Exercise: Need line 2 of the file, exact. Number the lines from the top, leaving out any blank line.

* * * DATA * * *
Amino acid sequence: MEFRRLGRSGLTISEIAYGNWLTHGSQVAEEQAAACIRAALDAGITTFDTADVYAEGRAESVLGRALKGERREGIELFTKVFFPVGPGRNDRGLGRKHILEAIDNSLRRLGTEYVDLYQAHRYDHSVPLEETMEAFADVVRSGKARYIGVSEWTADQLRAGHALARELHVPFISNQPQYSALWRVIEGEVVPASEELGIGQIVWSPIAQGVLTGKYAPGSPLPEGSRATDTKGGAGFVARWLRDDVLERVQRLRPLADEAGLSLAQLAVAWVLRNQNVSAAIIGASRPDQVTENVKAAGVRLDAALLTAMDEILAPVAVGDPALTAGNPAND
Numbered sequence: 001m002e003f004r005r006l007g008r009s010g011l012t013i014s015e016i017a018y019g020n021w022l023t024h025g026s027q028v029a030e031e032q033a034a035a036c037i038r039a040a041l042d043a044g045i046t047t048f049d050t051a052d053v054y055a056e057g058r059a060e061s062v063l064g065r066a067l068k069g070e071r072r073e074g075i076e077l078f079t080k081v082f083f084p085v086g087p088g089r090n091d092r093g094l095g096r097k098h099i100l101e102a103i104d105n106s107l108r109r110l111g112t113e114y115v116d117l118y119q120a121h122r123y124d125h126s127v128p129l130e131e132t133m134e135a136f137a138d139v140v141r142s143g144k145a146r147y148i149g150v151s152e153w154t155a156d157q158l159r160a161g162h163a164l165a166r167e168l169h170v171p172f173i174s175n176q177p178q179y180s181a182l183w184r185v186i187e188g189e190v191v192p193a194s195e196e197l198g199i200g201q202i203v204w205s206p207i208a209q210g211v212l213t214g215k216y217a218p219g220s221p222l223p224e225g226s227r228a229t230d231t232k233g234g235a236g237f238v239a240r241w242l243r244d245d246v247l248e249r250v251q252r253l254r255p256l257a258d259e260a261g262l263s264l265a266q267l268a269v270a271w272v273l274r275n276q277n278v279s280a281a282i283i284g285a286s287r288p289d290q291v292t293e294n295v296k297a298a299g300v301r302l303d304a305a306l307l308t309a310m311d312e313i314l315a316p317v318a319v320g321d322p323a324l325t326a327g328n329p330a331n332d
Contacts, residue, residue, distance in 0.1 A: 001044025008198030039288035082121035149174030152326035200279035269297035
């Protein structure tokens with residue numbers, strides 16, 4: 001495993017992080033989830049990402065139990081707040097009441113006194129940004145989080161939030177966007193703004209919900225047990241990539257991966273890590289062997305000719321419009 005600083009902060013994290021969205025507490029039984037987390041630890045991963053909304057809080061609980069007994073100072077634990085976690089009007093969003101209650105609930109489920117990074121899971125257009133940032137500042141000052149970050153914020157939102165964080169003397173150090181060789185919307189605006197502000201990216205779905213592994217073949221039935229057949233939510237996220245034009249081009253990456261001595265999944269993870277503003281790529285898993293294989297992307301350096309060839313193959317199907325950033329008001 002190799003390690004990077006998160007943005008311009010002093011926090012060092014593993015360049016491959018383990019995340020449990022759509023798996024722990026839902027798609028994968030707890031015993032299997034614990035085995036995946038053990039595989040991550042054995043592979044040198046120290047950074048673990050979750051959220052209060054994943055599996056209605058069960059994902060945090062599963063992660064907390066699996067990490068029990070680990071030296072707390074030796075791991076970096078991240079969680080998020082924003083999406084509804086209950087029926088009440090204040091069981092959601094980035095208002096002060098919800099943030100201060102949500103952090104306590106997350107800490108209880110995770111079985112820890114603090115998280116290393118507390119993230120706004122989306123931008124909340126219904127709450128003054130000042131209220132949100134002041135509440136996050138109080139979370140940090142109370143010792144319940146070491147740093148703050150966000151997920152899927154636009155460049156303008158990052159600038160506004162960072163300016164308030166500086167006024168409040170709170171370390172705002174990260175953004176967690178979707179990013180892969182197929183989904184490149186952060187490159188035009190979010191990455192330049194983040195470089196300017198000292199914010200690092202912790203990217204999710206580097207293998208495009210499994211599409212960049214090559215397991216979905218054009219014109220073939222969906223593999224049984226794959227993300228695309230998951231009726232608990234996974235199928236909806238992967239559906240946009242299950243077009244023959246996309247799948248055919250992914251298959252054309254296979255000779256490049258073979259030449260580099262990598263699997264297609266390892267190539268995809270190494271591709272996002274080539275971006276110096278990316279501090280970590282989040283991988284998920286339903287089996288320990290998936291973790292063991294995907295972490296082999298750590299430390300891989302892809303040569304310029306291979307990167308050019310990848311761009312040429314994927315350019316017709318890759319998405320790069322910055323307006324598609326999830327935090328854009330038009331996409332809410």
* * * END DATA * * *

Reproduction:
Numbered sequence: 001m002e003f004r005r006l007g008r009s010g011l012t013i014s015e016i017a018y019g020n021w022l023t024h025g026s027q028v029a030e031e032q033a034a035a036c037i038r039a040a041l042d043a044g045i046t047t048f049d050t051a052d053v054y055a056e057g058r059a060e061s062v063l064g065r066a067l068k069g070e071r072r073e074g075i076e077l078f079t080k081v082f083f084p085v086g087p088g089r090n091d092r093g094l095g096r097k098h099i100l101e102a103i104d105n106s107l108r109r110l111g112t113e114y115v116d117l118y119q120a121h122r123y124d125h126s127v128p129l130e131e132t133m134e135a136f137a138d139v140v141r142s143g144k145a146r147y148i149g150v151s152e153w154t155a156d157q158l159r160a161g162h163a164l165a166r167e168l169h170v171p172f173i174s175n176q177p178q179y180s181a182l183w184r185v186i187e188g189e190v191v192p193a194s195e196e197l198g199i200g201q202i203v204w205s206p207i208a209q210g211v212l213t214g215k216y217a218p219g220s221p222l223p224e225g226s227r228a229t230d231t232k233g234g235a236g237f238v239a240r241w242l243r244d245d246v247l248e249r250v251q252r253l254r255p256l257a258d259e260a261g262l263s264l265a266q267l268a269v270a271w272v273l274r275n276q277n278v279s280a281a282i283i284g285a286s287r288p289d290q291v292t293e294n295v296k297a298a299g300v301r302l303d304a305a306l307l308t309a310m311d312e313i314l315a316p317v318a319v320g321d322p323a324l325t326a327g328n329p330a331n332d